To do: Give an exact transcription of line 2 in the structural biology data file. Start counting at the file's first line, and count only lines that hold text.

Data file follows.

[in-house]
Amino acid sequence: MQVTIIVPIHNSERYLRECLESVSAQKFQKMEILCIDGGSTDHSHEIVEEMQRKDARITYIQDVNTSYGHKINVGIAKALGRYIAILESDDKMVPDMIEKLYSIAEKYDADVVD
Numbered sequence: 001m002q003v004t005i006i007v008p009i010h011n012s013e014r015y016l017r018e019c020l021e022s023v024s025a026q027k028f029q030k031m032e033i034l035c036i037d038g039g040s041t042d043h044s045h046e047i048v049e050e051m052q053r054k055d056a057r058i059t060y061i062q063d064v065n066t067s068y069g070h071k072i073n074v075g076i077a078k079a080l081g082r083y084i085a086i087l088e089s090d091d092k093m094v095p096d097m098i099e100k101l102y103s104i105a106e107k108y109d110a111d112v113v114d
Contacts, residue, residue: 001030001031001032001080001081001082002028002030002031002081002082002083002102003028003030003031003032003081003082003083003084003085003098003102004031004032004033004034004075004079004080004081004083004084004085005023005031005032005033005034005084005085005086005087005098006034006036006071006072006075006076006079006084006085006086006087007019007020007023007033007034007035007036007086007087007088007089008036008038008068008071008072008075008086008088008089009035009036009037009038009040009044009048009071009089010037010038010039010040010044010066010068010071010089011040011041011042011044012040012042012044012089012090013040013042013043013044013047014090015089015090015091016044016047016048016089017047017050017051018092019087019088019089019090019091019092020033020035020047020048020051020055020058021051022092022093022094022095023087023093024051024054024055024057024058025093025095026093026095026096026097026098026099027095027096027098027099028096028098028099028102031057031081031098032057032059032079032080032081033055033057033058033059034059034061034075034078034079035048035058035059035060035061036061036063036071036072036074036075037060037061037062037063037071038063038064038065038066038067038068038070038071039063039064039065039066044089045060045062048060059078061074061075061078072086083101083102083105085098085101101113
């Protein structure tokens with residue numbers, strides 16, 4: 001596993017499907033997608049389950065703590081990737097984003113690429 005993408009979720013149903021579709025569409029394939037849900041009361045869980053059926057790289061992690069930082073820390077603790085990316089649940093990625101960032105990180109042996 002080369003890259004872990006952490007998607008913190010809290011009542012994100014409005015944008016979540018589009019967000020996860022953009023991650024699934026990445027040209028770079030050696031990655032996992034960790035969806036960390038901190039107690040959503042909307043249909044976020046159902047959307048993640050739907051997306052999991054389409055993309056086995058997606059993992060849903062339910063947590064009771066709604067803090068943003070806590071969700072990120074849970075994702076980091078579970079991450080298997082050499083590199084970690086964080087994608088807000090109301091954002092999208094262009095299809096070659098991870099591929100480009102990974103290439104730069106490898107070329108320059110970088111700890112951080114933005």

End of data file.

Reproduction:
Amino acid sequence: MQVTIIVPIHNSERYLRECLESVSAQKFQKMEILCIDGGSTDHSHEIVEEMQRKDARITYIQDVNTSYGHKINVGIAKALGRYIAILESDDKMVPDMIEKLYSIAEKYDADVVD